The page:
Unfortunately, these sorts of issues find their way into software products all the time. Partly, they are very tricky to understand by QA teams and developers certainly need to narrow the scope of their projects. You can't automate this sort of test, and even if it is found, it is not assigned a severity of 5 or "showstopper" because it doesn't immediately disrupt operation of the product. So they can sit unaddressed in a product for four or five versions or more even if privately known. Only an exposure because of a security researcher's work or a major public incident might push it to the front of the priority list.

All of this discussion of corner cases lays down groundwork for further discussion of the "Internet of Things". Whenever there are cross-disciplinary approaches (like heavy mathematics and communications, or internal network computing and automobiles) to solutions, there is an elevated risk of incident because of practical and theoretical issues. As the industry progresses, and as the startups generating IoT solution code are dealing with their own corner case issues, and as adoption and acquisitions move forward, IoT technologies will demonstrate on a larger scale that we are not learning from past mistakes.

New gTLDs, same attacks

Thu, 07/10/2014 - 07:11

Cybercriminals around the world have already started to point their guns and attacks at the new gTLDs, the 'generic Top Level Domains' approved by ICANN and offered by registrars to people interested in buying a new domain name. Recently we found malicious activities including malware and phishing pages registered in the top level domains .club, .berlin, .blue, .computer, .camera, .futbol, .link, .pink, .report, .travel, .vacations and .xyz.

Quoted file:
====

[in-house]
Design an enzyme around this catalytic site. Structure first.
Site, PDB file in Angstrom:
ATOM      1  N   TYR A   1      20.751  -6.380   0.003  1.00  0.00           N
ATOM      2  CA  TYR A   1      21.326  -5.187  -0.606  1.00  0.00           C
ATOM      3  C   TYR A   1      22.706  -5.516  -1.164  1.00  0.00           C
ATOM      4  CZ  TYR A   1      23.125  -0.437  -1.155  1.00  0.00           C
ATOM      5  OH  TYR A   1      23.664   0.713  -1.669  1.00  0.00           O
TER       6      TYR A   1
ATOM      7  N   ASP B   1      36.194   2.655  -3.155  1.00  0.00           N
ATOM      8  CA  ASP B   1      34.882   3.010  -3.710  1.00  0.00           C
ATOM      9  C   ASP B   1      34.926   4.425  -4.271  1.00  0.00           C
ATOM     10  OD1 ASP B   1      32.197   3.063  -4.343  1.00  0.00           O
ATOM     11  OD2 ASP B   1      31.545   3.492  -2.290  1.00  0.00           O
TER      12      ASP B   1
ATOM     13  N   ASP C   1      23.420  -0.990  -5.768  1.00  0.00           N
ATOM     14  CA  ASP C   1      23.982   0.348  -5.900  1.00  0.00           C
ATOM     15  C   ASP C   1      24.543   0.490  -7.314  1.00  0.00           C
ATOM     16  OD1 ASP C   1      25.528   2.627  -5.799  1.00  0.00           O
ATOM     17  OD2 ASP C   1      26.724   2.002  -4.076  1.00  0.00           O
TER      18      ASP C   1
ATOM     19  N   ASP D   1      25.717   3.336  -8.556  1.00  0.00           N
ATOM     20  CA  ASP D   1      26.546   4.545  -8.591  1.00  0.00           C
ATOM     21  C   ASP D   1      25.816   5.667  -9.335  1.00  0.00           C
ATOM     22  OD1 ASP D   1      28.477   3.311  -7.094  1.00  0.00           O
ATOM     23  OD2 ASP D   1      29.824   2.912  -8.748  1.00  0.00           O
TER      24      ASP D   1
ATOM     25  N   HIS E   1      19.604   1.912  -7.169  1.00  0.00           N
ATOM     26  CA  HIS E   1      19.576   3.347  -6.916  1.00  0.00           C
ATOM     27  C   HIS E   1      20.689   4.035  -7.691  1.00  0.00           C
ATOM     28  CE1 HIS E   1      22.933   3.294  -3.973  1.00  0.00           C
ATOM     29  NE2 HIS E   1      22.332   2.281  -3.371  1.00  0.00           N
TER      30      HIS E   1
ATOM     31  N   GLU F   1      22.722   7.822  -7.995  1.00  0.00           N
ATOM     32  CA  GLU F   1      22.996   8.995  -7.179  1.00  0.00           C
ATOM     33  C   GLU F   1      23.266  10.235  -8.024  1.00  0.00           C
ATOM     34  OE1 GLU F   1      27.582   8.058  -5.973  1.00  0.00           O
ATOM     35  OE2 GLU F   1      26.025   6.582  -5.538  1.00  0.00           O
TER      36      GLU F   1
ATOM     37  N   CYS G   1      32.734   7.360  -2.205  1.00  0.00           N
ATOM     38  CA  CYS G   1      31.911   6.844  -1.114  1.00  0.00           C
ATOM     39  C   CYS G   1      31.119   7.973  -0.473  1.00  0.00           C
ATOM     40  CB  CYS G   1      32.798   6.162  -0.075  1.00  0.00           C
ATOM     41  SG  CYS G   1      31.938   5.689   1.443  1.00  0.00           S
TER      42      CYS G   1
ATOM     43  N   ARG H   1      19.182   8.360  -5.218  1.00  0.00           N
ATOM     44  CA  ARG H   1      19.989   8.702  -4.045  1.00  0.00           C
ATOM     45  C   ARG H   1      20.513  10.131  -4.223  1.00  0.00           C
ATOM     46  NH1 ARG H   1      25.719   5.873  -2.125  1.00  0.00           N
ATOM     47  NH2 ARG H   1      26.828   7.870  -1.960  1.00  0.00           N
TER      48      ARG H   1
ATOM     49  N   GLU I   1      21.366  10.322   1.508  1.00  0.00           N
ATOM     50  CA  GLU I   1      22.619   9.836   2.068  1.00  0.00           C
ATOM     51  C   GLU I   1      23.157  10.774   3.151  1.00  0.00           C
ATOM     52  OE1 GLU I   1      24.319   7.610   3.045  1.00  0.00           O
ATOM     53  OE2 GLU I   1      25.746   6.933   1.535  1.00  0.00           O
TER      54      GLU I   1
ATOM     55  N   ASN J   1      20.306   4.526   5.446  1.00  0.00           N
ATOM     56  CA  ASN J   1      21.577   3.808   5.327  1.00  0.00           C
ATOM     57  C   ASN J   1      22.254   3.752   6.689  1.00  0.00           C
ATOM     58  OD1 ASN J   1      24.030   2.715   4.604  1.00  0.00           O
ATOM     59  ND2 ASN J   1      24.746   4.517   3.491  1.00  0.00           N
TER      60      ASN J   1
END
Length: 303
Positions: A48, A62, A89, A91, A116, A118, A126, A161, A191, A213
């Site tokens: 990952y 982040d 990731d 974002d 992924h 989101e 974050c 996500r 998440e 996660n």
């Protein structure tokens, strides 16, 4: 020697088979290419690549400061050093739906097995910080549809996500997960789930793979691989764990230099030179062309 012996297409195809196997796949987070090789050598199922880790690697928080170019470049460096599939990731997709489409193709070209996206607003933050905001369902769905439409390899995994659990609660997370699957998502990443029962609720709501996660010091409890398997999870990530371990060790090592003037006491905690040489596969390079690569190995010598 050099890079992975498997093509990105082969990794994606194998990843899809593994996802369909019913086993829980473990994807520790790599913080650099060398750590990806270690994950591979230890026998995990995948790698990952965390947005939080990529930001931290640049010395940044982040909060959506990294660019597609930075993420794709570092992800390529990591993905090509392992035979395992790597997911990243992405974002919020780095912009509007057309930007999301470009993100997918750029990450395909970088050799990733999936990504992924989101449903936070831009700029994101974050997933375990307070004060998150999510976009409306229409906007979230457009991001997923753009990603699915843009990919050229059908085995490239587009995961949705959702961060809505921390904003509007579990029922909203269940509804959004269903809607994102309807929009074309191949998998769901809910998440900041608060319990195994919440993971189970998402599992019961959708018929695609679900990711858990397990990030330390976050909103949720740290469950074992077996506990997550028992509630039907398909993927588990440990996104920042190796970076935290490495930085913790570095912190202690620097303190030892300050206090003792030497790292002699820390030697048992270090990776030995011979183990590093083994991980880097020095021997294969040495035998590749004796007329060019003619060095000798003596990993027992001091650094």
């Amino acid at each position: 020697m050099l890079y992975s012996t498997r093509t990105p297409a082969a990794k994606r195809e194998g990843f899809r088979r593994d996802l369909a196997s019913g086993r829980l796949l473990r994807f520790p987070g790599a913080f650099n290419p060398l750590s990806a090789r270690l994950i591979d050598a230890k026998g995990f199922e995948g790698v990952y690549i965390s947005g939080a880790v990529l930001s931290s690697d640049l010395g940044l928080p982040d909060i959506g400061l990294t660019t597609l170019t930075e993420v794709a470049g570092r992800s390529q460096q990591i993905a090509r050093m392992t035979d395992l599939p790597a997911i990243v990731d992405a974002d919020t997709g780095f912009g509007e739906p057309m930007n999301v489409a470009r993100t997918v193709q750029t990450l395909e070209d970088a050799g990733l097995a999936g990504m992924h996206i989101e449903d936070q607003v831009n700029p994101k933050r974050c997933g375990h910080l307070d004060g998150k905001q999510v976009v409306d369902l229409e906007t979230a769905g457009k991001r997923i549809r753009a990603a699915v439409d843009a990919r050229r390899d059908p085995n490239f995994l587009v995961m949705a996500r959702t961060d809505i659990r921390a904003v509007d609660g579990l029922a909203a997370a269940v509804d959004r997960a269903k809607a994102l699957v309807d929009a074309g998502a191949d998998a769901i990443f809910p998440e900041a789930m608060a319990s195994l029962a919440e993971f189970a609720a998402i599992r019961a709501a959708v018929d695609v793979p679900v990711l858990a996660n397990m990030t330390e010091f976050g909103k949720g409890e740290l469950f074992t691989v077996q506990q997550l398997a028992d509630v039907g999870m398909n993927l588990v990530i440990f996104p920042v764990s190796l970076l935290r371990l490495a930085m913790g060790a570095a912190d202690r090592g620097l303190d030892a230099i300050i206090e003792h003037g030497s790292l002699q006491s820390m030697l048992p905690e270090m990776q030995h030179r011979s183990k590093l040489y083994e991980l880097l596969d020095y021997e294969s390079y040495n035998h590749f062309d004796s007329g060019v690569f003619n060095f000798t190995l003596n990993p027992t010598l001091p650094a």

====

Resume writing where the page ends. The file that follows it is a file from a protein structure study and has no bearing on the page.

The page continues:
The new gTDLS were recently approved by ICANN and registrars are already offering them as a solution to those bored with the traditional .com or .org and who want more possibilities when registering internet domains. You should be prepared to see websites like"funny.dance"or "joe.dentist"or even "my.creditcard".

According nTLDStats.com, more than 1.4 million domains have already been registered using these new gTLDs:

There are now more than 322 new top level domains granted by ICANN, among these the most popular are .xyz (designated at Feb. 2014), .berlin and .club (both designated in January 2014):

Brazilian phishers and domains squatters are particularly interested in these new gTLDs, already having registered several new domains using names of local brands such as banks, online stores, and credit card companies. For example:

  • cielo-seucartaobateumbolao.xyz
  • megasaldao-americanas.xyz
  • lojadoricardoeletro.xyz
  • hsbc.club
  • santander.club
  • bradesco.club
  • ricardoeletro.club
  • ricardoeletro.computer
  • ricardoeletro.camera

These domains were registered with the intention of being used for phishing campaigns, so it comes as no surprise that the data registered in the respective "whois" databases is completely fake:

Malware is also involved. We're aware of bad guys hosting their exploit kits in such domains – the Nuclear Exploit Pack is currently using the .blue, .pink, .futbol, and .report gTLDs, as pointed out by security researcher Frank Denis.

But Brazilian bad guys aren't the only ones interested in the new gTLDs as English-speakers have showcased similar interests by already starting a fraudulent domain that sells coins for online games such as Fifa '14 and others.

Other phishers already started their phishing campaigns, even using older TLDs such as .travel (started in 2005). As you can see in the following abused domain that hosts a phishing page aimed at a Brazilian bank: